Environmentally Friendly Construction

Often overlooked in construction is the incredibly versatile and environmentally friendly use of Timber. Sustainable planting of forests across the world now supply much of the worlds timber requirements and for multiple uses, notwithstanding the biggest use of timber which is in construction.

In the UK we have been obsessed with using brick construction, probably down to the heavily regulated construction guidelines in the UK, but these attitudes are changing now, and the versatility of timber in construction is well documented and proven by aspirational architecture we now see in some of our modern housing.

Timber also attracts an element of natural beauty to a property, and as a renewable resource it is light, strong, warm and welcoming to live with. High in performance, light in weight, and comes with excellent load bearing and thermal properties.

The drive towards zero carbon houses is now gaining in momentum, and with 40% of all carbon emissions coming from buildings, timber can contribute significantly with the carbon reduction targets now in place.

Some interest eco facts around timber:

  • Every 1 cubic metre of timber absorbs 1 tonne of CO2.
  • Timber energy is CO2 neutral with only what has been absorbed returning back to the atmosphere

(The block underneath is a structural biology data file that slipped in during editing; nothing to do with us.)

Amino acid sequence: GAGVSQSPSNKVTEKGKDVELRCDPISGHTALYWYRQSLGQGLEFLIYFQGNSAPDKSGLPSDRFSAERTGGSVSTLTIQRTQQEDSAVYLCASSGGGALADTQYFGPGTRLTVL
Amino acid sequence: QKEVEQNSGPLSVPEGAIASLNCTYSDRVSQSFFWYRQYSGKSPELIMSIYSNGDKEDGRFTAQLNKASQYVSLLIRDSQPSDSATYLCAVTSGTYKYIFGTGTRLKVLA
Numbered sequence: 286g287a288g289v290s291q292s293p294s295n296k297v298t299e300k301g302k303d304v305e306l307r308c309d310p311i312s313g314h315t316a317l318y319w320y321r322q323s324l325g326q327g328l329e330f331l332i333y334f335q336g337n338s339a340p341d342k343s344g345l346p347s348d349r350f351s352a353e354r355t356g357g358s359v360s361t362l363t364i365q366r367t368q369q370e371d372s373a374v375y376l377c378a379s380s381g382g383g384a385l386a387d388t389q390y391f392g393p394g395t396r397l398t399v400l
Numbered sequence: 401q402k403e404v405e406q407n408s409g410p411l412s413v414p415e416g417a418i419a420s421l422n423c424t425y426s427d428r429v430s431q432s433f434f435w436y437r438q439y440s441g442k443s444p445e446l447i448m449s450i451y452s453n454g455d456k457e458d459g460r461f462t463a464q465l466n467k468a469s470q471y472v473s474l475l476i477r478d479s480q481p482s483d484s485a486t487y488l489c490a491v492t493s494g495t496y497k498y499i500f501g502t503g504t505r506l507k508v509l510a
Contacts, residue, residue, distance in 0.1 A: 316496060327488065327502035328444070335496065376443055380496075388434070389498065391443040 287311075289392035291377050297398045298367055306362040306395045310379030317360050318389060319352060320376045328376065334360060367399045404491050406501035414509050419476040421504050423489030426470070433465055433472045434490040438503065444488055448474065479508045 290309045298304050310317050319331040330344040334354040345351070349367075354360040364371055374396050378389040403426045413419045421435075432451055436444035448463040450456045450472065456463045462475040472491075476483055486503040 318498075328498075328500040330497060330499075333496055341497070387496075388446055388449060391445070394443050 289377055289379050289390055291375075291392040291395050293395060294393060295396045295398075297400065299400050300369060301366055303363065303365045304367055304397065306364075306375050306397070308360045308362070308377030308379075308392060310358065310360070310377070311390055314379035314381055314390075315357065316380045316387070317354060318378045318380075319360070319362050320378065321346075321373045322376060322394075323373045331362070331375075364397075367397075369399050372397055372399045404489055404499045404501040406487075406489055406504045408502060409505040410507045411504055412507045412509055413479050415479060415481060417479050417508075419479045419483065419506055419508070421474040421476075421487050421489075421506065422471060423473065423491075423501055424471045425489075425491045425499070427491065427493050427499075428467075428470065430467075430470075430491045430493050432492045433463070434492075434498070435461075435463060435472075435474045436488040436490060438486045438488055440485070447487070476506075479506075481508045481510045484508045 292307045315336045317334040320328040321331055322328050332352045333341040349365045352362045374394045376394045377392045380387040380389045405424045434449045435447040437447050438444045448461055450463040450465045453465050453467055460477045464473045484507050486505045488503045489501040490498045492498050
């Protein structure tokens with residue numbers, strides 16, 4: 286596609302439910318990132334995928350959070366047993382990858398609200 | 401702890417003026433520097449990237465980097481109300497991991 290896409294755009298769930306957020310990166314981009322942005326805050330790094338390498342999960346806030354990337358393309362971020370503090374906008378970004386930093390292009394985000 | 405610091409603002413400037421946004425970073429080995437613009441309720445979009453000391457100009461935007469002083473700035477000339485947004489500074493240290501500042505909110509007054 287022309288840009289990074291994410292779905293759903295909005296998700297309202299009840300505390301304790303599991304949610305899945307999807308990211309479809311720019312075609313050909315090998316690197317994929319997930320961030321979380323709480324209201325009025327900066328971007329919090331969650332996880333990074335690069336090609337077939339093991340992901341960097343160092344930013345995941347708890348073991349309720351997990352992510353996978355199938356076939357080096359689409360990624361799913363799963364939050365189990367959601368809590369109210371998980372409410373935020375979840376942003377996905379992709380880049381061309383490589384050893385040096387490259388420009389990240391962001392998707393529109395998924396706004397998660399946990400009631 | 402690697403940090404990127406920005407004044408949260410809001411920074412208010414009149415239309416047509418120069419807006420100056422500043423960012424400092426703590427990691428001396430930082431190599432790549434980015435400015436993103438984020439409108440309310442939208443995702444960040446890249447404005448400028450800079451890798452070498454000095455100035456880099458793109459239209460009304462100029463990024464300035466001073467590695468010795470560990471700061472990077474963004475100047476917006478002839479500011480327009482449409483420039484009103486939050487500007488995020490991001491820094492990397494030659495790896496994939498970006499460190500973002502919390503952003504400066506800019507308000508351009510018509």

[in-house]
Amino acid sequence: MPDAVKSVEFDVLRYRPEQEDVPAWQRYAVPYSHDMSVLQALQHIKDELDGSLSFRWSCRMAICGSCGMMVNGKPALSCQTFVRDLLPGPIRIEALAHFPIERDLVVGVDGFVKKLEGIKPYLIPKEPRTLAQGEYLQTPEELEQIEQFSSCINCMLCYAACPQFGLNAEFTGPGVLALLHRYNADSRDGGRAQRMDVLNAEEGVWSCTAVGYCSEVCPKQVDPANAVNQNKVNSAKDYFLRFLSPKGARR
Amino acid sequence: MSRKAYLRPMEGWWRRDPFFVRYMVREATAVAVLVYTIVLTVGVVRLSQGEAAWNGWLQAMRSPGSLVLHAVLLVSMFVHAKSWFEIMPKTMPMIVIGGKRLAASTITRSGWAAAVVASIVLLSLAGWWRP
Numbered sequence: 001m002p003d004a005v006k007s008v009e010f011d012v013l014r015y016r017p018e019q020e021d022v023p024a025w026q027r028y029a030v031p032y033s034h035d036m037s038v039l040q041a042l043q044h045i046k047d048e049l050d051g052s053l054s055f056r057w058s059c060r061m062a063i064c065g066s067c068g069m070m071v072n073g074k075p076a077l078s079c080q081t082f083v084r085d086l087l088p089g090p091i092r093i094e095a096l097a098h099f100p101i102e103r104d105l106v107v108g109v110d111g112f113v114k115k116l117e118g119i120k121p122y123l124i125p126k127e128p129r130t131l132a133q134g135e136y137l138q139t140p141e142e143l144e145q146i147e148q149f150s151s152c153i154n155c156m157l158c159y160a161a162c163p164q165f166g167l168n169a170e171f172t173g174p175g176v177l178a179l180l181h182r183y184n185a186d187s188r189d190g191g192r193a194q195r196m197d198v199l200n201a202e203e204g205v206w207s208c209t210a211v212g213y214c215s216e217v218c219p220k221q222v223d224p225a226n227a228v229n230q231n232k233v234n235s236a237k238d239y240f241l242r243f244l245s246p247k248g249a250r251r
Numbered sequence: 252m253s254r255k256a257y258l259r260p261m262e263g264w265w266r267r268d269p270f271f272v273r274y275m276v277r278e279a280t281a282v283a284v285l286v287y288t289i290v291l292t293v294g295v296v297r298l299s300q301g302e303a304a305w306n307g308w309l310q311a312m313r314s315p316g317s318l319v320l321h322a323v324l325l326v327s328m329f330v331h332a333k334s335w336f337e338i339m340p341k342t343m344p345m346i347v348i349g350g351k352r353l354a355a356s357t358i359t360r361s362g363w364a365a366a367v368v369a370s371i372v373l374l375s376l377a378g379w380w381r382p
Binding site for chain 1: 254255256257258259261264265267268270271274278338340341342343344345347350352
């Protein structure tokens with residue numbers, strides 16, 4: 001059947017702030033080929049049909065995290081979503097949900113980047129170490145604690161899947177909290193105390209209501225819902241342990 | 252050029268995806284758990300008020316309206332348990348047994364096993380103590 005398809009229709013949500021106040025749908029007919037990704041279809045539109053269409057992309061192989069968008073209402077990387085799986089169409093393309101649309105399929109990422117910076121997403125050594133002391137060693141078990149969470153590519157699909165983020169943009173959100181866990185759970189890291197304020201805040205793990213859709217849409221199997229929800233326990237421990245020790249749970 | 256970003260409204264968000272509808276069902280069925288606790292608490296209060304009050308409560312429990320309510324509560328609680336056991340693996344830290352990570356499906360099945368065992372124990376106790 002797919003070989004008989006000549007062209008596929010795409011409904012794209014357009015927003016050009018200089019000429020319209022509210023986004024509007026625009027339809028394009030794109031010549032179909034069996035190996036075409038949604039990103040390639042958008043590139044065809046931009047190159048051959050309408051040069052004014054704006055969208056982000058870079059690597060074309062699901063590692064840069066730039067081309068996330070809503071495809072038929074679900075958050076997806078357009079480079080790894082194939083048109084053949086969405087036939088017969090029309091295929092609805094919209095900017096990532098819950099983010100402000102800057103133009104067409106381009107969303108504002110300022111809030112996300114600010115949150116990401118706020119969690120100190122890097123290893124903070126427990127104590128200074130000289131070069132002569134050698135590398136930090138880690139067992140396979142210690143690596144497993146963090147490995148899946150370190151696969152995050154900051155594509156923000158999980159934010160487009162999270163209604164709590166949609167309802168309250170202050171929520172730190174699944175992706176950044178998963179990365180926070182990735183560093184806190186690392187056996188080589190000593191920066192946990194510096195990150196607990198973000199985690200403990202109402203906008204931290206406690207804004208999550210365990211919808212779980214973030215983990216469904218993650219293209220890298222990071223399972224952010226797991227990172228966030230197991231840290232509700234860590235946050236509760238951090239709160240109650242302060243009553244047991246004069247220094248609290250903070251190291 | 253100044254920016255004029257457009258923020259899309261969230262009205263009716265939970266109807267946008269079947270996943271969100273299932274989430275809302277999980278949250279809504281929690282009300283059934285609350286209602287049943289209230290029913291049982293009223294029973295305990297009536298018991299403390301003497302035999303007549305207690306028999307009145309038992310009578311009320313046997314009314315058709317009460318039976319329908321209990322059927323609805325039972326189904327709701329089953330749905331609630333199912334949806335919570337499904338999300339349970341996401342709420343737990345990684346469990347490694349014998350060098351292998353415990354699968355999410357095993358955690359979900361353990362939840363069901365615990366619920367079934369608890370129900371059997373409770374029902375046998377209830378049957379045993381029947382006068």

• Very little waste in manufacturing, as the bi-product or off-cuts can be used for energy generation, i.e., biomass power.
  • 100% recyclable and renewable

The popular myth is using timber to build a house or any form of structure is damaging to our natural forests, but in reality the world has gone a very long way in providing a sustainable method of planting more than we are using. There are now many government initiatives for reforestation, which in turn provides a sustainable and effective use of timber in construction.

At Elite Trees we recycle our timber in many ways, whether woodchip for the garden, firewood for burners, high quality timber for wood turners or our larger pieces for construction. It is important to us that the life and use of a tree that we may have unfortunately had to remove is continued as part of a sustainable process.

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